China starts 7th census, ‘keystone’ for policies in new 5-year plan

▲Census takers in a residential community in Hohhot, capital of North China’s Inner Mongolia Autonomous Region, help an elderly resident (center) register her information on an electronic device on Sunday. Photo: VCG

While many other countries and regions including the US and Europe are still struggling against the rebounding COVID-19 pandemic, China, the world’s most populous country, kicked off its 7th national census on Sunday, with full usage of electronic devices and internet based on big data for the first time.

Chinese demographers said that comprehensive, scientific and accurate population information is the keystone for making policies related to social and economic development during the 14th Five-Year Plan (2021-25). They said that the census is a big event and major survey of China’s basic national conditions and strength.

A good census can give a full picture of the population size, structure and distribution, and the trends of demographic change, providing support for mapping out national development strategies, said Ning Jizhe, deputy head of the National Development and Reform Commission, at a ceremony held in Beijing to promote the national census.

The census collects data including name, ID number, gender, marital status, education and profession of each Chinese citizen, according to the Xinhua News Agency.

Starting on Sunday, about 7 million census takers began going door to door to document demographic information in the country.

Residents will be encouraged to use mobile terminals such as cellphones to declare personal and family information, Ning said. 

Unlike previous census counts, the colossal population survey this time is empowered with internet-based technologies such as cloud computing and online registration through QR codes.  

A census taker surnamed Liu in a residential community in Beijing’s Chaoyang district told the Global Times on Sunday that the staff had training before the process started, and they will stress the importance of the census to residents when visiting their homes. If some residents have difficulty in using electronic devices, such as the elderly, Liu said the census takers will help them in uploading information.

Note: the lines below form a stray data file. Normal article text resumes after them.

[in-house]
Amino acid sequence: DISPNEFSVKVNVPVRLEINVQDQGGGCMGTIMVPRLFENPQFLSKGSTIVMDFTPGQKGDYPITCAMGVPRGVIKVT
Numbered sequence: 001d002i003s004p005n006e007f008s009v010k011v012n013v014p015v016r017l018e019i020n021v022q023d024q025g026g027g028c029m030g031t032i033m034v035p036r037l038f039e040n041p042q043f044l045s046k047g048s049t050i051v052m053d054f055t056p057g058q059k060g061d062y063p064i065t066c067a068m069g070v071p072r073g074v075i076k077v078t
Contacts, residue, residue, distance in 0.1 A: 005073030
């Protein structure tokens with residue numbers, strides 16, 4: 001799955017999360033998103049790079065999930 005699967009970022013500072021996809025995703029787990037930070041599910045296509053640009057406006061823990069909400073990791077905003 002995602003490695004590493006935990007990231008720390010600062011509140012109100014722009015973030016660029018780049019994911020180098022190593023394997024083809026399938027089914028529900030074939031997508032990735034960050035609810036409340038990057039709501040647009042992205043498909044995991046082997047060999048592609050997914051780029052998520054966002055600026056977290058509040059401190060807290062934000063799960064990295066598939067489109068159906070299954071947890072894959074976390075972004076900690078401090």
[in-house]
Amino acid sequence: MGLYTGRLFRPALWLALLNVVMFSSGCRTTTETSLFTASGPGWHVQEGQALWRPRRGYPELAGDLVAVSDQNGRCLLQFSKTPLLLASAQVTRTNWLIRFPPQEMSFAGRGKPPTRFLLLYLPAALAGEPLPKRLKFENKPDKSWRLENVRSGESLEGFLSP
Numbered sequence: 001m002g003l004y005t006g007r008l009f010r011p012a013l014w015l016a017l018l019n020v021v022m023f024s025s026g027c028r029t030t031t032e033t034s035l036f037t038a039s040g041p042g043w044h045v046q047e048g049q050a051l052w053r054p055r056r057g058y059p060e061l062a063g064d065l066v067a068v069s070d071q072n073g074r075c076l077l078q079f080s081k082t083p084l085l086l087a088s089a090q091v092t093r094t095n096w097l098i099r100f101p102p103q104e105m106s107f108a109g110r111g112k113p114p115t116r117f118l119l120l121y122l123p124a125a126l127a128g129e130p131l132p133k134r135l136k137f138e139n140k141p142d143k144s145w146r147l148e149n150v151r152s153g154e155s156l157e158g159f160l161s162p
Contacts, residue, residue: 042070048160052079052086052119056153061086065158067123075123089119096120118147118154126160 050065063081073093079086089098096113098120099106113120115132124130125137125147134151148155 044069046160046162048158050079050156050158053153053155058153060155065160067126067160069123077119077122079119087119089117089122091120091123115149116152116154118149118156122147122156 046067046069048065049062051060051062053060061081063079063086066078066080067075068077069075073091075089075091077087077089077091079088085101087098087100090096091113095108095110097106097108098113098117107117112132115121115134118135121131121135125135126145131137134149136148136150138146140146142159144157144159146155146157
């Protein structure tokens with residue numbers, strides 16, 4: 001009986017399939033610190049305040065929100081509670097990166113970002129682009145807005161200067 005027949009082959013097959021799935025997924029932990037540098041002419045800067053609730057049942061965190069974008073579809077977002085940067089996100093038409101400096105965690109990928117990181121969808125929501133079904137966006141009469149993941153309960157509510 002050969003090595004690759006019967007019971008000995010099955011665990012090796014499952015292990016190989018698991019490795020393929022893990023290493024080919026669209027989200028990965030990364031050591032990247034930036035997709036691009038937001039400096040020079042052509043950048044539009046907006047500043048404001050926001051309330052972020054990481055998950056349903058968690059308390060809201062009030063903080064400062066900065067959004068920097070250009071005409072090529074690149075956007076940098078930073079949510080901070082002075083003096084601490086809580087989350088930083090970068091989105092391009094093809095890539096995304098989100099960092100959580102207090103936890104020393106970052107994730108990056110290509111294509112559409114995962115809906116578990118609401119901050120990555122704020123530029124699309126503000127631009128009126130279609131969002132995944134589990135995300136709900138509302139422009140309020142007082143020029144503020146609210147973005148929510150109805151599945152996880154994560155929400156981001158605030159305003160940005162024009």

The State Council, China’s cabinet, will establish a leading group to be responsible for research and decision-making of major issues during the census, said the notice.

The country has vowed that “no one will be missed out in the census.” Therefore, the full adoption of electronic devices and collection of residents’ ID numbers are the two reforms this time that will greatly improve data accuracy. 

The data will be directly uploaded to the national-level authorities in real time, which can effectively eliminate possible human interference, demographers said.

Also, the census will collect people’s ID numbers for the first time. 

Zhai Zhenwu, president of the School of Sociology and Population Studies at the Renmin University of China, also a member of the expert group of the census, told the Global Times on Sunday that it can effectively improve the quality of the census, and reduce the number of missed reports and repeat reports.

Li Xiaochao, a deputy director of the National Bureau of Statistics (NBS), said that China is at a historical juncture of meeting the two centenary goals: We have entered a decisive stage in building a moderately prosperous society in all respects, and we are about to embark on a new journey to build a modern socialist country in all respects. Therefore, the 7th national census is of particular significance at such a special and important time.

The census can provide important information support for the formulation of the 14th Five-Year Plan, the promotion of high-quality development, the improvement of the population development strategy and policy system, and the advance of long-term balanced population development, Li said.

Zhai said since the 6th national census in 2010, the domestic driving force and external conditions for China’s population development have changed significantly and reached an important turning point. The country’s population growth has weakened, the fluctuation of the working-age population declined, and the degree of social aging has deepened, Zhai explained.

The census can be used to fully figure out the population of the latest development in the aspects such as quantity, structure, distribution, which is the basis for formulating and improving future policies and measures on income, consumption, education, employment, old-age care, medical care and social security, Zhai noted. 

 Almost all the policies need to be matched with population development, Zhai addressed.

“Through the census, we can draw a dynamic group image of the entire Chinese population and guide the meticulous development of elder care, and the medical and health care industries, which is the starting point for improving our life in the next 10 years,” said Zhong Nanshan, China’s top medical expert and the census promotion ambassador.

China held its first census in 1953. The 6th census in 2010 showed that the country’s population had grown from 1.27 billion in 2000 to 1.37 billion with an annual average growth rate of 0.57 percent, according to the NBS. The number of people above 60 years old stood at about 177.6 million, accounting for 13.3 percent of the total.

Newspaper headline: 7th national census kicks off

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